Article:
• Yes, this election year gives passengers an opportunity to claw back some of the rights they have lost, policy change by policy change, over the years. If we don’t make the candidates commit to a Passenger Bill of Rights now, it’s never going to happen.

  • BMG4ME

    Delta can take the credit for Endeavor Air since they are a wholly owned subsidiary of Delta. Nice gesture by Endeavor and Delta.

  • just me

    Chris – I am sorry but in this piece you touch things that leave me a little angry. I’ll explain.

    Your wrote: “The Department of Transportation is on the verge of another landmark rulemaking on airline passenger rights that needs your comments.” So where is the link to the place where we can make comments?

    You wrote that low ticket prices are unsustainable. Please prove it. The low ticket prices are overpriced. Please ask someone from inside the price setting departments. The only way the prices are unsustainable is when you try to calculate how many $200 ticket it takes to pay CEO’s millions with golden parachutes. It is the CEO’s compensation and board of director’s fees that is unsustainable and unreasonable.
    It appears that certain group of the USA population does not understand how real economy works but understands how to flees under any circumstances. This has nothing to do with capitalism and everything to do with wild west robbers. In short for economy to work it needs a lot of people with available spending money (money for food and shelter does not count). After elimination of pension plans, labour unions, pensioned retirees, better than livable wages, pricing state colleges out of sight for most – there is nothing left for economy to function properly.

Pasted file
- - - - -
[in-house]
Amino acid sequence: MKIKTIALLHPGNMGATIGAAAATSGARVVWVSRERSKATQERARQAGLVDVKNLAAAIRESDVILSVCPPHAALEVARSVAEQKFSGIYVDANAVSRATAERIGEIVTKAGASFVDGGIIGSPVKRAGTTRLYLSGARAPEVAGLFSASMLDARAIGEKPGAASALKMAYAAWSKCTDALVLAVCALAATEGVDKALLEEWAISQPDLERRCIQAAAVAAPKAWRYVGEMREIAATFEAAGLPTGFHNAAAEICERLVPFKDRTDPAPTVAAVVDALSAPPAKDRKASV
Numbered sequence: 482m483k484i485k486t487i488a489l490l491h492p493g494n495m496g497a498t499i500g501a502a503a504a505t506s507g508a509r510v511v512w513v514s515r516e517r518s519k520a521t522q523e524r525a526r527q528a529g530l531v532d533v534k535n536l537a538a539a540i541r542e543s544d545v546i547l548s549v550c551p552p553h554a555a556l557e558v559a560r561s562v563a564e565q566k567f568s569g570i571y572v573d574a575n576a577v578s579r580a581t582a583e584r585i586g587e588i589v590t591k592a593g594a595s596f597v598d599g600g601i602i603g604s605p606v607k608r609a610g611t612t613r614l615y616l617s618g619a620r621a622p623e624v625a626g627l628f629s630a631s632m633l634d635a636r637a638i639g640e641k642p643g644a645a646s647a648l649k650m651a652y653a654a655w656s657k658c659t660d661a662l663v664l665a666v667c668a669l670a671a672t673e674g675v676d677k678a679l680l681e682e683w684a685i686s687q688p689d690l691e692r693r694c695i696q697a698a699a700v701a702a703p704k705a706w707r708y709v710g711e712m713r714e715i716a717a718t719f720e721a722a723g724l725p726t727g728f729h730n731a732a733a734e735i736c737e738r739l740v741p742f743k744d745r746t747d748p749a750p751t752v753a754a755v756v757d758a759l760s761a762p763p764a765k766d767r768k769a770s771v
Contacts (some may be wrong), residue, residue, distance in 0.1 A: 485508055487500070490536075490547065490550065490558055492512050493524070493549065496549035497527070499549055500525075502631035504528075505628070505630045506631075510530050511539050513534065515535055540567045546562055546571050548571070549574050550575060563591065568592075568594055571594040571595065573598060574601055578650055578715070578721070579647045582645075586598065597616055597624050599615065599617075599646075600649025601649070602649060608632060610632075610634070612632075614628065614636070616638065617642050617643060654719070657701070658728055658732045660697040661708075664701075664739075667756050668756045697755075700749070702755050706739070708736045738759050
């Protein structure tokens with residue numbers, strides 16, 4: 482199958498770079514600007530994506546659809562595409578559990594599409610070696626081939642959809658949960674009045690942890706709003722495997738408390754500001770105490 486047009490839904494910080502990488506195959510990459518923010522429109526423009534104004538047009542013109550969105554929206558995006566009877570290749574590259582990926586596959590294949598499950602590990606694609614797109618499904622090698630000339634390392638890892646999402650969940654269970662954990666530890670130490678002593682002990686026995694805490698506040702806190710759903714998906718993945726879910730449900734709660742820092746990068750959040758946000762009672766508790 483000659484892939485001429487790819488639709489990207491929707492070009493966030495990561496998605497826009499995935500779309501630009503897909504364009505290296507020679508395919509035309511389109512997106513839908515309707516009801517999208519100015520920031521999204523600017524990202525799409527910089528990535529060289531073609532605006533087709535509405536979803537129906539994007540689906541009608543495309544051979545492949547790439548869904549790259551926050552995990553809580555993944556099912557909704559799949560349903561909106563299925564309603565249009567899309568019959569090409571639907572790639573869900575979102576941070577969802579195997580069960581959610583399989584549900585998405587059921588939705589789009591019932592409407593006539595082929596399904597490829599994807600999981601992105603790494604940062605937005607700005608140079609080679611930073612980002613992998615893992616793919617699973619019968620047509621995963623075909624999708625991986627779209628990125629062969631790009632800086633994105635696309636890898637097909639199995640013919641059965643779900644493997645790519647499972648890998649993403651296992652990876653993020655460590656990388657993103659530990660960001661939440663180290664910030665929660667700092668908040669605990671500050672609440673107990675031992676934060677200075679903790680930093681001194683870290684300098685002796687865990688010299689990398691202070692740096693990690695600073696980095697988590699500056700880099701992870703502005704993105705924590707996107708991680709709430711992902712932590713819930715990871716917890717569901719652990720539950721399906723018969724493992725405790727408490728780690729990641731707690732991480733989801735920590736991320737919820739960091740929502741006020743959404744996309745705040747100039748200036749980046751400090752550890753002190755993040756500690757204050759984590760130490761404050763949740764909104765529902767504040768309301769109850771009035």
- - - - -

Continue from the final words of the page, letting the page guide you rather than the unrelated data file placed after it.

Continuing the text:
• Michael__K

    Why are the airlines an industry that receives this level of attention and regulation, when so many other commercial industries….

    The premise of this statement is entirely wrong.

    The airline industry is uniquely immune from state and local laws, including consumer protection and contract laws (such as truth-in-advertising laws; duty of good faith and fair dealing; contract reciprocity, et. al.) thanks to the Airline Deregulation Act and its interpretation by the Courts.

    The Department of Transportation was designed to fill this void but it does not have the authority to adjudicate passenger claims.

    See:
    http://hasbrouck.org/blog/archives/002127.html